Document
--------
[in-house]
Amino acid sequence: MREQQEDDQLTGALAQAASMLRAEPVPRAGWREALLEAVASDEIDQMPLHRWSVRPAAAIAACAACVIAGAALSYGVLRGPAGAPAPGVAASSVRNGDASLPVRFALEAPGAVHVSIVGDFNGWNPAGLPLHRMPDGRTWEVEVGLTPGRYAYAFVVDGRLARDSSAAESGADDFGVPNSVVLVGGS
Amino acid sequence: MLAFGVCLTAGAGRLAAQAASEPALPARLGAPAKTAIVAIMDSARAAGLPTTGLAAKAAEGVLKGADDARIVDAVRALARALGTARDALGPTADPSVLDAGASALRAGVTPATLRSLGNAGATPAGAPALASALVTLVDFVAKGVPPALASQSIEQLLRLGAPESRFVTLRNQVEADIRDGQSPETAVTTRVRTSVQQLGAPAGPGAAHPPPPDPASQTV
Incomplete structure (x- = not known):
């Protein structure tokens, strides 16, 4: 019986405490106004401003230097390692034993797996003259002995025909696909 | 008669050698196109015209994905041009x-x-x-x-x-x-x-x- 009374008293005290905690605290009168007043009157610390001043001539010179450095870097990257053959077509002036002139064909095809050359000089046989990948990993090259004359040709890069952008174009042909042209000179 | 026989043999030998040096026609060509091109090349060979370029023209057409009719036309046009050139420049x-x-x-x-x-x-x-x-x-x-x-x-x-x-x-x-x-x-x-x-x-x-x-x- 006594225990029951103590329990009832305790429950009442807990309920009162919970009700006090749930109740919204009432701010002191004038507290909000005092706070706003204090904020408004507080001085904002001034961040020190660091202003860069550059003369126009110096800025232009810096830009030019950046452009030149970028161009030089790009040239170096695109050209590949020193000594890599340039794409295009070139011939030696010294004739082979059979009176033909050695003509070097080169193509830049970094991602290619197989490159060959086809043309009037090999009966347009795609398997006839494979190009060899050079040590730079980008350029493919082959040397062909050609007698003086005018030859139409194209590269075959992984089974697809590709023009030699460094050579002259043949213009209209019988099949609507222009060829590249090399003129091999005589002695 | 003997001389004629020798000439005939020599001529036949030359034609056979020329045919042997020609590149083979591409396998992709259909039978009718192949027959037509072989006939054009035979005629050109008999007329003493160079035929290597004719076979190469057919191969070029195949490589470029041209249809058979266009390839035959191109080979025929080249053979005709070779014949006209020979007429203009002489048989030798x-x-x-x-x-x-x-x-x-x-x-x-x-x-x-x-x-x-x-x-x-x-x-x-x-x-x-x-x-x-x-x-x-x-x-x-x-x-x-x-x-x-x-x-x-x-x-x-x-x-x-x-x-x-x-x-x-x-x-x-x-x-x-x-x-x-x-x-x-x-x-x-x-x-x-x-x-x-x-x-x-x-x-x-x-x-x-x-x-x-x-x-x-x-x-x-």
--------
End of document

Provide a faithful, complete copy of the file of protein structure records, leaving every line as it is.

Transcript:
[in-house]
Amino acid sequence: MREQQEDDQLTGALAQAASMLRAEPVPRAGWREALLEAVASDEIDQMPLHRWSVRPAAAIAACAACVIAGAALSYGVLRGPAGAPAPGVAASSVRNGDASLPVRFALEAPGAVHVSIVGDFNGWNPAGLPLHRMPDGRTWEVEVGLTPGRYAYAFVVDGRLARDSSAAESGADDFGVPNSVVLVGGS
Amino acid sequence: MLAFGVCLTAGAGRLAAQAASEPALPARLGAPAKTAIVAIMDSARAAGLPTTGLAAKAAEGVLKGADDARIVDAVRALARALGTARDALGPTADPSVLDAGASALRAGVTPATLRSLGNAGATPAGAPALASALVTLVDFVAKGVPPALASQSIEQLLRLGAPESRFVTLRNQVEADIRDGQSPETAVTTRVRTSVQQLGAPAGPGAAHPPPPDPASQTV
Incomplete structure (x- = not known):
């Protein structure tokens, strides 16, 4: 019986405490106004401003230097390692034993797996003259002995025909696909 | 008669050698196109015209994905041009x-x-x-x-x-x-x-x- 009374008293005290905690605290009168007043009157610390001043001539010179450095870097990257053959077509002036002139064909095809050359000089046989990948990993090259004359040709890069952008174009042909042209000179 | 026989043999030998040096026609060509091109090349060979370029023209057409009719036309046009050139420049x-x-x-x-x-x-x-x-x-x-x-x-x-x-x-x-x-x-x-x-x-x-x-x- 006594225990029951103590329990009832305790429950009442807990309920009162919970009700006090749930109740919204009432701010002191004038507290909000005092706070706003204090904020408004507080001085904002001034961040020190660091202003860069550059003369126009110096800025232009810096830009030019950046452009030149970028161009030089790009040239170096695109050209590949020193000594890599340039794409295009070139011939030696010294004739082979059979009176033909050695003509070097080169193509830049970094991602290619197989490159060959086809043309009037090999009966347009795609398997006839494979190009060899050079040590730079980008350029493919082959040397062909050609007698003086005018030859139409194209590269075959992984089974697809590709023009030699460094050579002259043949213009209209019988099949609507222009060829590249090399003129091999005589002695 | 003997001389004629020798000439005939020599001529036949030359034609056979020329045919042997020609590149083979591409396998992709259909039978009718192949027959037509072989006939054009035979005629050109008999007329003493160079035929290597004719076979190469057919191969070029195949490589470029041209249809058979266009390839035959191109080979025929080249053979005709070779014949006209020979007429203009002489048989030798x-x-x-x-x-x-x-x-x-x-x-x-x-x-x-x-x-x-x-x-x-x-x-x-x-x-x-x-x-x-x-x-x-x-x-x-x-x-x-x-x-x-x-x-x-x-x-x-x-x-x-x-x-x-x-x-x-x-x-x-x-x-x-x-x-x-x-x-x-x-x-x-x-x-x-x-x-x-x-x-x-x-x-x-x-x-x-x-x-x-x-x-x-x-x-x-």